What is a Survey and What is a Site Plan ‘They are Not the Same’





A Survey is required for All Construction Projects.

A Survey will have the Building Perimeter Dimensions, the Distances from the Building to the Property Lines, Easements (utilities, such as, water, gas, electric & sewer), North Arrow, Dimensions of the Property. It will have a Legal Description and the Owners Name and Address of the Property.

If your Property has Trees that you want to save, you can request that the Survey show the location of the Trees (which usually costs extra).



A Survey is prepared by a Surveyor (licensed), and for it to be Legal, it will need to be Certified by the Surveyor.

If you are planning to build an Addition, then you will need first to get a Survey. This shows the Zoning or Building Department Official what all is existing on your property. If you already had a Survey prepared in the past, then you can save money, by asking the Surveyor to Recertify you previously done Survey. Most Zoning and Building Departments require that the Survey be dated no more than 1 year old, some a little longer (verify with you Local Agency).

Once you have verified the Setback (based on a review of your Survey) and other requirements with the Zoning and Building Department, you can proceed with getting plans prepared.

If your property is has any variations in topography (sloping ground), then you will need to have included in you Survey, a Topographic Survey.


A Site Plan is a drawing that is prepared from the information that is taken from a Survey.



The Site Plan contains the basic information shown on the Survey, plus the location and size of Any Construction.

For Additions the Site Plan can be prepared by you, the Builder, Contractor, Architect or Engineer, and is included with the Drawings for you Addition.

The Site Plan Drawings for most Projects, other than an Addition are usually more detailed than indicated above.

The following is an outline of what is usually required for Non-Residential Projects (such as, Additions, Remodeling, Sheds, etc).

Site Plan Requirements:

  1. Draw an Arrow indicating North
  2. Show All Property Lines
  3. Show any Existing Structures, such as;
    1. Buildings;
    2. Fences;
    3. Porches;
    4. Decks;
    5. Sheds;
    6. Roads;
    7. Walks;
    8. and any other Structure
  4. Show any New Structures, such as;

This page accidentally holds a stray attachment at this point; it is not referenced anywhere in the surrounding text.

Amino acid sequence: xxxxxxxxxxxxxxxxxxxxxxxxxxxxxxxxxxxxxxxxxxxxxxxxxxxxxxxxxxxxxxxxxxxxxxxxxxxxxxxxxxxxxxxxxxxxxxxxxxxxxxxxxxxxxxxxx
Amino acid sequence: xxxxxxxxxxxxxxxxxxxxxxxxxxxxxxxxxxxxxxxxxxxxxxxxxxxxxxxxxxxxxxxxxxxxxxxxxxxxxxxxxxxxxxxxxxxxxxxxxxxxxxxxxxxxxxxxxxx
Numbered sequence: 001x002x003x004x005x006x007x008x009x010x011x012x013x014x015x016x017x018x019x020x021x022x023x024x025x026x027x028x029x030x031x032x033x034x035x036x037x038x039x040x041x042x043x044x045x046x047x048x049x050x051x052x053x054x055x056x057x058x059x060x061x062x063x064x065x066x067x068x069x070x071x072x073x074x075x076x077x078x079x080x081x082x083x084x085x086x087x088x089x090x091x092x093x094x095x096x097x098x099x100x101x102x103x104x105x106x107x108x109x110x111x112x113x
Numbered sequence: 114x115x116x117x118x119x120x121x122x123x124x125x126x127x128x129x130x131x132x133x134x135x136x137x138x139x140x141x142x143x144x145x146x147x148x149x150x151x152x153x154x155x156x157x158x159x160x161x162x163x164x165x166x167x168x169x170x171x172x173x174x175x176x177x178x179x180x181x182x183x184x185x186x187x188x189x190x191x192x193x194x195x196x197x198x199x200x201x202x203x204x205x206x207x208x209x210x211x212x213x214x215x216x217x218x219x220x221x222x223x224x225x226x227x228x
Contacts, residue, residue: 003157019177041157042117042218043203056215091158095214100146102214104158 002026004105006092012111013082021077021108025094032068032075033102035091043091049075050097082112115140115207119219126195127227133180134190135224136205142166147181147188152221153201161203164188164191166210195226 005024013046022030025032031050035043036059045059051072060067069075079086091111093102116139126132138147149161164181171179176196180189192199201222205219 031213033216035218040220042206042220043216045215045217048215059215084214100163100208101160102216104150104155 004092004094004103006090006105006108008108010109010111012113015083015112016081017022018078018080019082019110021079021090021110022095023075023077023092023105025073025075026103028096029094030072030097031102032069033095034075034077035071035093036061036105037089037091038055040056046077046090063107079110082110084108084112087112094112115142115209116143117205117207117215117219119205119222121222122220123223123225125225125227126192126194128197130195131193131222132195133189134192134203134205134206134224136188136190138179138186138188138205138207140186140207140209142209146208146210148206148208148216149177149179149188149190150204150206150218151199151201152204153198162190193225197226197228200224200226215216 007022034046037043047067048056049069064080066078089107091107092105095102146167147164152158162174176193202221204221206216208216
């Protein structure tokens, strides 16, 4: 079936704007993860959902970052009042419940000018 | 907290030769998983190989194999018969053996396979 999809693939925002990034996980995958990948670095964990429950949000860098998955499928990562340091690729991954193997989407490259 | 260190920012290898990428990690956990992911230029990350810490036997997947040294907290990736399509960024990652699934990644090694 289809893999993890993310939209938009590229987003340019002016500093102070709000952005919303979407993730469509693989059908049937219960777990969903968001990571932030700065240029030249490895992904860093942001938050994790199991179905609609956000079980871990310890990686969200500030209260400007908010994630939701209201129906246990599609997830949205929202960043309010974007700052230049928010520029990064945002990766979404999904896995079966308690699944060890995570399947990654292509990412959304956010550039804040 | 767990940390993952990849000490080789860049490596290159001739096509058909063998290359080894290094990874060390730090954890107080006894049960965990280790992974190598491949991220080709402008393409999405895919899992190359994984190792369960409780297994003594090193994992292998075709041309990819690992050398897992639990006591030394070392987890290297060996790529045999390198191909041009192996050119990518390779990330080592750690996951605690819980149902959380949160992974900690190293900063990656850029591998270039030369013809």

1. Buildings;
    2. Fences;
    3. Porches;
    4. Decks;
    5. Sheds;
    6. Roads;
    7. Walks;
    8. and any other Structure
  5. The Drawing needs to be Drawn to an Acceptable Scale
    (verify the Scale Required, requirement may vary with different Agencies)
    The following are some Standard Scales;

    1. 1″ = 60′-0″ (1 inch = 60 feet)
    2. 1″ = 50′-0″
    3. 1″ = 40′-0″
    4. 1″ = 30′-0″
    5. 1″ = 20′-0″
    6. 1″ = 10′-0″
    7. 1/16″ = 1′-0″ (1/16 inch = 1 foot
    8. 1/8″ = 1′-0″
    9. or any other Scale that is Acceptable
  6. Show Adjacent streets and any easements.
  7. Show Distances – Dimensions
    1. Between Buildings;
    2. To Property Lines;
    3. Property Perimeter Dimensions;
    4. Location of Easements
      1. Electrical
      2. Water
      3. Sewer
      4. Gas
      5. etc…
    5. Shape, dimensions and location of all buildings (existing and proposed).
    6. Setback requirements for all buildings and structures (per Zoning)
    7. Building height.
  8. Basic Information on Site Plan
    1. Engineer’s name, address and phone number;
    2. Vicinity map with north arrow and date(on cover sheet);
    3. Property Owner’s name and/or Developer’s, address, and phone number (on cover sheet);
    4. Address and legal description of project location;
    5. Legend identifying grades, symbols, lines and drainage patterns;
    6. All elevations refer to the Mean Sea Level Datum (if available);
    7. Fire hydrants;
    8. Total area of land and existing and proposed buildings;
    9. Land use, tax map number and zoning classification of adjacent property owners (required by some Municipalities);
    10. Location and right-of-way of existing streets, curb cuts and driveways within 300 feet of site (required by some Municipalities);
    11. Location of land subject to flooding. Include FEMA Panel number of site;
    12. Topography contours;
    13. Location of any utility or other easements or rights-of-way;
    14. Number of parking spaces provided and number required;
    15. Dimensions of parking spaces and aisles;
    16. Loading spaces, if required;
    17. External street connectivity (Show ingress and egress points to streets or other property);
    18. Total impervious surface area (including gravel parking lots);
    19. Location, size and number of dumpster pads;
    20. Location and dimensions of fire lanes;
    21. Site Lighting and Photometric Plan (required in some Municipalities);
    22. Landscaping
      1. Tree Survey;
      2. Landscape and/or buffer plans;
      3. Property Perimeter Dimensions
      4. Location of Easements
  9. Show Drainage and Surface Water Management
    1. Flood Zones and Floor Plains;
    2. Site Drainage;
    3. Retention Ponds;
    4. Inflow and Outflow Structures;
    5. Retaining Walls;
    6. Building Floor Elevations;
    7. Curbs;
    8. Roads and Streets;
    9. Property Size

Site Plan for a Carwash

 

Photometric Plan for a Carwash

 

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